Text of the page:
Bolivia to World Court: Fix Our Landlock
Country wants Chile to return coastal territory
By Rob Quinn, Newser Staff
Posted Apr 24, 2013 3:03 AM CDT
Bolivian Navy sailors attend the inauguration of a new vessel at Lake Titicaca.   (AP Photo/Dado Galdieri)

(Newser) – Unlike most other landlocked countries, Bolivia was once a maritime nation and the loss of its access to the Pacific after a war with Chile more than a century ago still stings, NPR finds. The country—which still has a navy and holds a "Day of the Sea" celebration every year—has sent its foreign minister to the Hague's International Court of Justice to make the case for ordering Chile to return the coastal territory it gained in a 1904 peace treaty. Analysts suspect the Bolivian government's decision to raise the issue with the world court now may be an attempt to boost Bolivian leader Evo Morales' popularity.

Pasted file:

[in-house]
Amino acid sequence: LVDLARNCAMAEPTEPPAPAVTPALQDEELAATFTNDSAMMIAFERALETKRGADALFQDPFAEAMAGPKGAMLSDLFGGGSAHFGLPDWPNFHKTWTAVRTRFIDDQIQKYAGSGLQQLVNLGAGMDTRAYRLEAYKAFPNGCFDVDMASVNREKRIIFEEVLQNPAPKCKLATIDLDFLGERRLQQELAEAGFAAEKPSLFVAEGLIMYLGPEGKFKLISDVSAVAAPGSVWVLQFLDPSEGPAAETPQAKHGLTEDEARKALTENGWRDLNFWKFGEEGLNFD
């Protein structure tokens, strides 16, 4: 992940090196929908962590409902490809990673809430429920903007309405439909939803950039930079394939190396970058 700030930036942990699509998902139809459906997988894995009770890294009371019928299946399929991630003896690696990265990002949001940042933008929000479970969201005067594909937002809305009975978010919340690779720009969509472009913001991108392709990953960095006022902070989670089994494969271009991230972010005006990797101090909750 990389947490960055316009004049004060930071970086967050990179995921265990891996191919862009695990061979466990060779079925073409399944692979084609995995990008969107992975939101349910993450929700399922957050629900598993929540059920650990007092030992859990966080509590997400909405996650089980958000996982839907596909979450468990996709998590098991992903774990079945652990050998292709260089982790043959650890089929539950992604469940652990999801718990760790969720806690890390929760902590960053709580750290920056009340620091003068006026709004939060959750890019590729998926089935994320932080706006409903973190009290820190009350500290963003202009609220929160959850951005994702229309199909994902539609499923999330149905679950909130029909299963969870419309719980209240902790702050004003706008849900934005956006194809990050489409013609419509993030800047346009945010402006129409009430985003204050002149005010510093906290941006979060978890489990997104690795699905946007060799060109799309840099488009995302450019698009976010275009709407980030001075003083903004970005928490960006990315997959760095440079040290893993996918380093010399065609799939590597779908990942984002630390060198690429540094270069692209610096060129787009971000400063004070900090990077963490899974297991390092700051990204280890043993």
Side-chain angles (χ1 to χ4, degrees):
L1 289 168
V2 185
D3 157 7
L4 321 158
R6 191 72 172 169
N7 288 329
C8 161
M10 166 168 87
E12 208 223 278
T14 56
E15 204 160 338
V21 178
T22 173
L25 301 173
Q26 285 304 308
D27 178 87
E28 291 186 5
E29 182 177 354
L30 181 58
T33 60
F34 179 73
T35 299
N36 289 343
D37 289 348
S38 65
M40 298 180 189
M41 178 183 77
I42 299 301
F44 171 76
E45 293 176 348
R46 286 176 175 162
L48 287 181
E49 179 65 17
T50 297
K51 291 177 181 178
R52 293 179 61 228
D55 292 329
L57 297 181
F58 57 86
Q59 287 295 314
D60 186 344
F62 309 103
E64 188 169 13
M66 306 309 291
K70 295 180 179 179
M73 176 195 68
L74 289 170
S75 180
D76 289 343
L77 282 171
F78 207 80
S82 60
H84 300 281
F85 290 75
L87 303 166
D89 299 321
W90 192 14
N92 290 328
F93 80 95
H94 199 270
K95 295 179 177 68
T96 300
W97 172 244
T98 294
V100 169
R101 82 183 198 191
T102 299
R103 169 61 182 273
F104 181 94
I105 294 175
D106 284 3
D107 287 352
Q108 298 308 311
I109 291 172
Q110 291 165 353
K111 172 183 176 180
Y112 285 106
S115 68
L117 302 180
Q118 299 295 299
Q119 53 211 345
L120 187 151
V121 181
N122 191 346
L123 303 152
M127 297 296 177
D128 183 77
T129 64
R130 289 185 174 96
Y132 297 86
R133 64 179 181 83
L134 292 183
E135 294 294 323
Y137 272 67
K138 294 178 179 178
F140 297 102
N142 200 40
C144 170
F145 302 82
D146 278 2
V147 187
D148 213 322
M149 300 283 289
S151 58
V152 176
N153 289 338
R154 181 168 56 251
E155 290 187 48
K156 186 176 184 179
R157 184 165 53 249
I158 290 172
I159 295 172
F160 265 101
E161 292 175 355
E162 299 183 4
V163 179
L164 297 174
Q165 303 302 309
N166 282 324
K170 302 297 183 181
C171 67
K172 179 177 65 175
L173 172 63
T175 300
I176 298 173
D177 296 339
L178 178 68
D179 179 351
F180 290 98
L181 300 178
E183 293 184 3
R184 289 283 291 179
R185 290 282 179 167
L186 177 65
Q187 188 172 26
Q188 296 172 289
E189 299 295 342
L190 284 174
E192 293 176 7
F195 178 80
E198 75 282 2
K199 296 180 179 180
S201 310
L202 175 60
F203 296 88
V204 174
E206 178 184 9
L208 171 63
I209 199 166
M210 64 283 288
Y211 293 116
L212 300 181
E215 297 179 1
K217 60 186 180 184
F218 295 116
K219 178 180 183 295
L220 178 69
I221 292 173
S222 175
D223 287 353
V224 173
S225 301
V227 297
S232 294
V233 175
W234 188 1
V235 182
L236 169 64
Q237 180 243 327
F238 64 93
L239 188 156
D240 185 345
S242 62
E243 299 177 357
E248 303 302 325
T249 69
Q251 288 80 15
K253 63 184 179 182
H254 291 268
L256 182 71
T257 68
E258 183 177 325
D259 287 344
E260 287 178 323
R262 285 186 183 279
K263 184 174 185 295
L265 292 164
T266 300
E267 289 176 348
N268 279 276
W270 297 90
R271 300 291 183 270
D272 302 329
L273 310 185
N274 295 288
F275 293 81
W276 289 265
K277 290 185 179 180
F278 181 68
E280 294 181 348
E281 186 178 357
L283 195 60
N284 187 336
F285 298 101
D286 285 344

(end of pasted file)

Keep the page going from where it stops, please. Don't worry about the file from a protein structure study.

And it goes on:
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Showing 3 of 9 comments
Cat-Lover
Apr 24, 2013 8:41 AM CDT
PARAGUAY FIRST.
okaragozian
Apr 24, 2013 6:58 AM CDT
Chile has 6435 miles of coastline; giving up a few miles isn't going to break the country up into disarray and it would strengthen ties between itself and Bolivia.
JackNelsonSteward
Apr 24, 2013 6:25 AM CDT
Bolivia sits atop one of the world's largest reserves of natural gas. In fact, Bolivia could be the "Saudi Arabia" of South America ... given the coming dominance of natural gas among fossil fuels. Negotiate with Chile for a corridor to the sea that includes a pipeline for LNG and give'em a "taste." That should do it. In fact, they could hold a bidding war between Chile and Peru for the necessary land and cooperation in building the offshore LNG terminal. Whoever offers the best land and the most assistance in the port construction gets a "taste" of the profits as long as the gas lasts ... and that'll be a while.